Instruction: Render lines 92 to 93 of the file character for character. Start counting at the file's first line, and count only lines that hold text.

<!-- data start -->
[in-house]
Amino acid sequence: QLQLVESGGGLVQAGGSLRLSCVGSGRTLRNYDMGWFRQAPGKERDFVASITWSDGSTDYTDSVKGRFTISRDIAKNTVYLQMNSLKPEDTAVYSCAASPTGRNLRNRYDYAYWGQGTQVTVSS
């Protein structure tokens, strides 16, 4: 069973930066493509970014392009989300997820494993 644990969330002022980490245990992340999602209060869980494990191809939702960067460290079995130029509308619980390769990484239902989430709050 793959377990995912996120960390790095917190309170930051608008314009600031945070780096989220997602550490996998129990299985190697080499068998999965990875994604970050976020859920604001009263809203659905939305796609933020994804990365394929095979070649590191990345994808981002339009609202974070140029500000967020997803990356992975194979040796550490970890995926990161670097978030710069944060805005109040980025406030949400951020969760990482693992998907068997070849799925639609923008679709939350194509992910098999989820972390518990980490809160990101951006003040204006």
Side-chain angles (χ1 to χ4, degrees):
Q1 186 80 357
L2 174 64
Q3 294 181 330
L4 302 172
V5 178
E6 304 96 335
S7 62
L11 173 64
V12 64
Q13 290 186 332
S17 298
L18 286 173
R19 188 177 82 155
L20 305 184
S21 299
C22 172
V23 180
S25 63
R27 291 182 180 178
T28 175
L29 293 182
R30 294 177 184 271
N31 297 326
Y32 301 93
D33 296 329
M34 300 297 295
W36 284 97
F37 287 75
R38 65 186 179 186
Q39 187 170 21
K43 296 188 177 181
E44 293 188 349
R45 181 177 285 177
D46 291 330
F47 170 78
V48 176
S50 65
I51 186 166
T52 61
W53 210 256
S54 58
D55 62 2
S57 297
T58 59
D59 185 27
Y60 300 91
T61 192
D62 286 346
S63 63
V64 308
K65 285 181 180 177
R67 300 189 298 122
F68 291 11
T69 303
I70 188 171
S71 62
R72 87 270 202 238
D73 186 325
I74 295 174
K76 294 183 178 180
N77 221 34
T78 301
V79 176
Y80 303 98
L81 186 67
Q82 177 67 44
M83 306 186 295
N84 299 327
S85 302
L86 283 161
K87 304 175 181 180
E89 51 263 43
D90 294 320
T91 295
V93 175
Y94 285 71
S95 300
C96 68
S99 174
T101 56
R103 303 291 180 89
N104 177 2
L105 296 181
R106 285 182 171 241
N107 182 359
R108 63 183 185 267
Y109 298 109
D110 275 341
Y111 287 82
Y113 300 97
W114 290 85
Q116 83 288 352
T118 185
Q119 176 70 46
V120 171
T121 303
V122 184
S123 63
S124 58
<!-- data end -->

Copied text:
D110 275 341
Y111 287 82